Tuesday, May 15, 2007
Autism Resources in New Brunswick - Chatham Library Hosts Launch of Autism Collection
Chatham Library Hosts Launch of Autism Collection
Miramichi Weekend, Friday, May 11 2007
Representatives of Chatham Branch of the York Public Library, the New Brunswick Public Library Service and the New Brunswick Public Library Foundations gathered at a reception at the Chatham Branch on May 2 to launch a collection of resource books specific to Autism Disorder.
The president of the New Brunswick Autism Society Lila Barry made the presentation of books in honour of her mother-in-law, Emma “Big Momma” Barry.
She thanked the family members of Emma Barry in attendance for their generous donations that made the collection possible. Emma Barry was known for her love of all children but held children with special needs even closer to her heart.
In a disorder in which early detection and treatment is vital to the success of a child with Autism, parents are often desperate for information. Current statistics indicate that 1 in every 150 children will be on the Autism Spectrum. Resources are vital to successful outcome.
Six years ago, Barry’s son was diagnosed with Asperger’s syndrome, one disorder on the spectrum of Autism.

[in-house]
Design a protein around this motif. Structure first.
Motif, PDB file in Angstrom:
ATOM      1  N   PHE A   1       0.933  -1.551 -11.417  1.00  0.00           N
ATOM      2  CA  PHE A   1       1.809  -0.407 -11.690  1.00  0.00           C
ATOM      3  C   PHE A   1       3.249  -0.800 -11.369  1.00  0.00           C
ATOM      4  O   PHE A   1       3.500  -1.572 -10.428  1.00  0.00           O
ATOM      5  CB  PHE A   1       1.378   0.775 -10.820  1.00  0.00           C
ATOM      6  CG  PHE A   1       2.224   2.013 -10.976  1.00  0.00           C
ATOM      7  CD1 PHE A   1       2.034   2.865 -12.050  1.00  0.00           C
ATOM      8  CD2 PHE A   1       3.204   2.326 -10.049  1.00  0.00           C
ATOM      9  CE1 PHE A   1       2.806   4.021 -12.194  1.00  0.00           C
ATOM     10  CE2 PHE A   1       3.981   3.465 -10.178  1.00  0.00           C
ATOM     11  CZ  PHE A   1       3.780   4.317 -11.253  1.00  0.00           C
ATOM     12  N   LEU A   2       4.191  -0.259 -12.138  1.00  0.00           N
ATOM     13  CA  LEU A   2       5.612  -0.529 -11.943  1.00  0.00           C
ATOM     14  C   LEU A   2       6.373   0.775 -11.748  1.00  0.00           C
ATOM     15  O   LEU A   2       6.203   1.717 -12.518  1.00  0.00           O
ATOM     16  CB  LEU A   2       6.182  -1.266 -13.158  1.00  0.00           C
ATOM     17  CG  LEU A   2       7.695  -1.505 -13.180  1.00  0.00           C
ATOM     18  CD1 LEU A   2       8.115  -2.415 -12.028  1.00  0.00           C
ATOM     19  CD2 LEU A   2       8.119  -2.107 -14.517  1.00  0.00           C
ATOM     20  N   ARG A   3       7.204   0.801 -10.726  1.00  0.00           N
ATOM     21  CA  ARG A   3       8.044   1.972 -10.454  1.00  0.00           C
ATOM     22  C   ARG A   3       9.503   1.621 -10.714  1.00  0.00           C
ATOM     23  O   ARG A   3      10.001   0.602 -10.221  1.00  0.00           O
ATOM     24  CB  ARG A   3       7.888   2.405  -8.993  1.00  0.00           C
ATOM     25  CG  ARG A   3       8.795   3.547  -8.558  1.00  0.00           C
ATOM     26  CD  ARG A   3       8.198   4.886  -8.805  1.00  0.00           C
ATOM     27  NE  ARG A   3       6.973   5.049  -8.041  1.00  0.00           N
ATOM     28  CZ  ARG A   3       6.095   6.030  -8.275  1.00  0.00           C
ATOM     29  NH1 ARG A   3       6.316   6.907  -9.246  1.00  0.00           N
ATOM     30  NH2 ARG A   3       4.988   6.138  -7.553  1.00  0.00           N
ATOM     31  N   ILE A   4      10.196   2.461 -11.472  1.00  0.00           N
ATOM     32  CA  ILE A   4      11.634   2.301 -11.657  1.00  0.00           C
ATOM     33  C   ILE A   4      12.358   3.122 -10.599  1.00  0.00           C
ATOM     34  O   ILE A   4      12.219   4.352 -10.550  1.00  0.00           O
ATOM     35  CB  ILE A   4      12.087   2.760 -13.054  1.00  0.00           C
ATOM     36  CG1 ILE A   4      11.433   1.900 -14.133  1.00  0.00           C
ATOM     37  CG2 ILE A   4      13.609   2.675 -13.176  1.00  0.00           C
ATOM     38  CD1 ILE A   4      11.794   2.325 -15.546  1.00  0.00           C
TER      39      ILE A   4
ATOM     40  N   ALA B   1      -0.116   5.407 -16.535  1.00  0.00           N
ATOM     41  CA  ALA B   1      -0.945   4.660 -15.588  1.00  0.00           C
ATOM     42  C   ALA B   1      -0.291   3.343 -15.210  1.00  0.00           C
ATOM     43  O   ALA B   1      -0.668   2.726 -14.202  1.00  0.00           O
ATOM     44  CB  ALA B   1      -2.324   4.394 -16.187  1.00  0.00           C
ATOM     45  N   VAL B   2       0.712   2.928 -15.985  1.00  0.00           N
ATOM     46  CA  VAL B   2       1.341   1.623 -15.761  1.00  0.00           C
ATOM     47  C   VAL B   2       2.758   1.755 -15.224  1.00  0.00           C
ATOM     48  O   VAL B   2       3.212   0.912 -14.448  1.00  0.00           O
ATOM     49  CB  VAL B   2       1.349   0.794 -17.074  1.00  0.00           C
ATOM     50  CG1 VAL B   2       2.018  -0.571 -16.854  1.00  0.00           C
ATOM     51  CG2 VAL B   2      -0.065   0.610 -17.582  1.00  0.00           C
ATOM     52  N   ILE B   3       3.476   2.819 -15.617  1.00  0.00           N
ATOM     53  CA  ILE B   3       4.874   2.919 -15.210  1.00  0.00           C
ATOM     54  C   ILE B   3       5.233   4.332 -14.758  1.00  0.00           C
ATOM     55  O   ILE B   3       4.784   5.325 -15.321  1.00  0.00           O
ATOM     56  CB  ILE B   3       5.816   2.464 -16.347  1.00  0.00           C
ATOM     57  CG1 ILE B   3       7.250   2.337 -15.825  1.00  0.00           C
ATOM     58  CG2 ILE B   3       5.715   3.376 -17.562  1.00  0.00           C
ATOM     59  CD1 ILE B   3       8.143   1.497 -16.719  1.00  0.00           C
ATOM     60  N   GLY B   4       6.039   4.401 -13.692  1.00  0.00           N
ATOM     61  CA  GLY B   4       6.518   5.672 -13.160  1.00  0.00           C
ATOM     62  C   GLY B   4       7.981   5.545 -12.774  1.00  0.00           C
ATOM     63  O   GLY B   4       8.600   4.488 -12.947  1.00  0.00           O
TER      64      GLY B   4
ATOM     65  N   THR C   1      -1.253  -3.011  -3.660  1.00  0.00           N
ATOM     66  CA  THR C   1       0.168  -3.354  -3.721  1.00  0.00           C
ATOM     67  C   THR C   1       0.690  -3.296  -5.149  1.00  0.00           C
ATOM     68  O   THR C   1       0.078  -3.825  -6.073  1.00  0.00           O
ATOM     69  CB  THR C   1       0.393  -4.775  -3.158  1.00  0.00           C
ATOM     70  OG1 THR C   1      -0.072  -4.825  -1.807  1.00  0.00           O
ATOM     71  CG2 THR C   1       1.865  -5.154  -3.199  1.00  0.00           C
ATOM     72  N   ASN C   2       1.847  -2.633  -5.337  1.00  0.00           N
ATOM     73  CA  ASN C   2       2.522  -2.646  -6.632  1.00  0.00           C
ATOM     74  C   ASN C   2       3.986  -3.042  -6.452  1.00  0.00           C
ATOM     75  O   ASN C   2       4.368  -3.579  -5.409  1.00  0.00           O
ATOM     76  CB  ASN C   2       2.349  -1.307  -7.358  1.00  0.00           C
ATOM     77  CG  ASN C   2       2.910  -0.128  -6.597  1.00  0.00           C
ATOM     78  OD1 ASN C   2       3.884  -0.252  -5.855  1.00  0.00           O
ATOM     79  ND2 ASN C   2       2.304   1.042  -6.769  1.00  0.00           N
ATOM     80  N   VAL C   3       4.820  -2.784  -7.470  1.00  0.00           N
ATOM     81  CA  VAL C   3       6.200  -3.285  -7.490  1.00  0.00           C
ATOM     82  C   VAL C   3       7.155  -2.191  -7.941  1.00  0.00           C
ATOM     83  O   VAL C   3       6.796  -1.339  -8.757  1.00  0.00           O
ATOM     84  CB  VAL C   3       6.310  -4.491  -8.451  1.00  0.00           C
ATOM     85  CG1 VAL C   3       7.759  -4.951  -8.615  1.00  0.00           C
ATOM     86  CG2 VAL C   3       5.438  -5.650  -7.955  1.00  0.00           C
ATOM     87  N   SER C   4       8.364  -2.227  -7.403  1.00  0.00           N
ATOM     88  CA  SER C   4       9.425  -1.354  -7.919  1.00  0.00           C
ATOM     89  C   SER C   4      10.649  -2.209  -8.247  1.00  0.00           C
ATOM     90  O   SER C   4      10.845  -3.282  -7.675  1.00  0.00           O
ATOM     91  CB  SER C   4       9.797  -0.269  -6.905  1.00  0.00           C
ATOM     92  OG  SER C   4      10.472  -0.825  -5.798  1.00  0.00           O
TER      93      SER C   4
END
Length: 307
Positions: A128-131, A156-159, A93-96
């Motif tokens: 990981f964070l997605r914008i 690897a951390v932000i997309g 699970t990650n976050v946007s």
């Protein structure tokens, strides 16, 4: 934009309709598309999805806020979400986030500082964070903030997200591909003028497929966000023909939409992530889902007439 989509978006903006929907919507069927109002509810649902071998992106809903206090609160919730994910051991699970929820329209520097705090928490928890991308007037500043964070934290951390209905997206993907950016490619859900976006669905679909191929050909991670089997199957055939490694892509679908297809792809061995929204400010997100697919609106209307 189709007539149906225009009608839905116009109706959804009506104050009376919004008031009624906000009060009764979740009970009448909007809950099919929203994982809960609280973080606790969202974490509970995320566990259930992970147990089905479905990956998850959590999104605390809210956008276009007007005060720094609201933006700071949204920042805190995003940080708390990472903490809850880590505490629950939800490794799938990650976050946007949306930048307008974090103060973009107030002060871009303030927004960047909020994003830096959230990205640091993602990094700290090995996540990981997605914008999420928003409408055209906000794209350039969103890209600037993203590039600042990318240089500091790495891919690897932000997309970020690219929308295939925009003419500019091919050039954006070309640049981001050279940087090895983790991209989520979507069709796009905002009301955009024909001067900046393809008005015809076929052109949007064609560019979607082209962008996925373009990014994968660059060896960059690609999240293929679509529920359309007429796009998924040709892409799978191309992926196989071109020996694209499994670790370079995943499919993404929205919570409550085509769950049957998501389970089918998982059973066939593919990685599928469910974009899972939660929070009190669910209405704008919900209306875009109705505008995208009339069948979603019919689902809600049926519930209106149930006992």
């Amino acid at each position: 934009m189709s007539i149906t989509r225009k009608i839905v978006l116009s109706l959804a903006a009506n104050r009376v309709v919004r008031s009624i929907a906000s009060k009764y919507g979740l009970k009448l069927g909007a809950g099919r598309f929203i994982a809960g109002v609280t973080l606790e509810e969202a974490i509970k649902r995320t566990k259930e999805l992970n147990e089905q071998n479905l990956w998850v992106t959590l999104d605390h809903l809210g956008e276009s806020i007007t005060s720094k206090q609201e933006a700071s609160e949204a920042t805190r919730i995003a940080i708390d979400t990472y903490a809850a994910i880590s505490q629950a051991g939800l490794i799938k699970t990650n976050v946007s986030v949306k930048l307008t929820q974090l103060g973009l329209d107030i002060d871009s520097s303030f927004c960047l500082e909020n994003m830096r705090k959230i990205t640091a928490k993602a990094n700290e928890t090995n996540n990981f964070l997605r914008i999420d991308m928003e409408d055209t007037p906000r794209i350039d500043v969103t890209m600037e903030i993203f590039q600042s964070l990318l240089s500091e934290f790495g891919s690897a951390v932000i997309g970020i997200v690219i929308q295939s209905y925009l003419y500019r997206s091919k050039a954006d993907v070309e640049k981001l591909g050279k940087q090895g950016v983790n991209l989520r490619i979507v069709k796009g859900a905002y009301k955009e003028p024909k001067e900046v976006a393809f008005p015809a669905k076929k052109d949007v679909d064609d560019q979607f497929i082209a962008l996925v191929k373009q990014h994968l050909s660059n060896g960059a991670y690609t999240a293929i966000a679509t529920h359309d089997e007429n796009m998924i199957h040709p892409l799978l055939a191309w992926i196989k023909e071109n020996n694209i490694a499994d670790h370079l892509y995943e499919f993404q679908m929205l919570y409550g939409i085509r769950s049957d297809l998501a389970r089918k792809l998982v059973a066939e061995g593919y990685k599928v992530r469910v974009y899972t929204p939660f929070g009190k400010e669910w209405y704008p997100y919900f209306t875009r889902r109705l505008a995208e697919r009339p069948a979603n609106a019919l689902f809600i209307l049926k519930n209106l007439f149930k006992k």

“I remember being so overwhelmed and distraught. One of the first places I sought was information at this library, but I was devastated to find no books here, and only two or three within the system in high demand and available only after a long wait. “
After joining the Autism Society of New Brunswick, she and others in the organization created a vision to provide better support for families with better resources and approached the New Brunswick Public Library Service with the idea of donating a collection of resource books.
This donation, the second of two to the New Brunswick Libraries Foundation from the Autism society, now brings the collection to 68 books. The monetary value of this gift was matched by the New Brunswick Library Foundation.
At the launch, Dr. Theresa McKenzie, a licensed psychologist and specialist in this disorder, stressed the importance of this donation. With wait times as they are, parents concerned about some of their children’s developmental behaviours need resources to provide strategies for coping at home and developing social skills. Often their concerns are dismissed but parents know their children best and need accessible resources.”
This collection will be housed at the Chatham Branch of the York Library Service but all New Brunswickers with interest or concerns about Autism Spectrum Disorders can access the books by inter-branch loans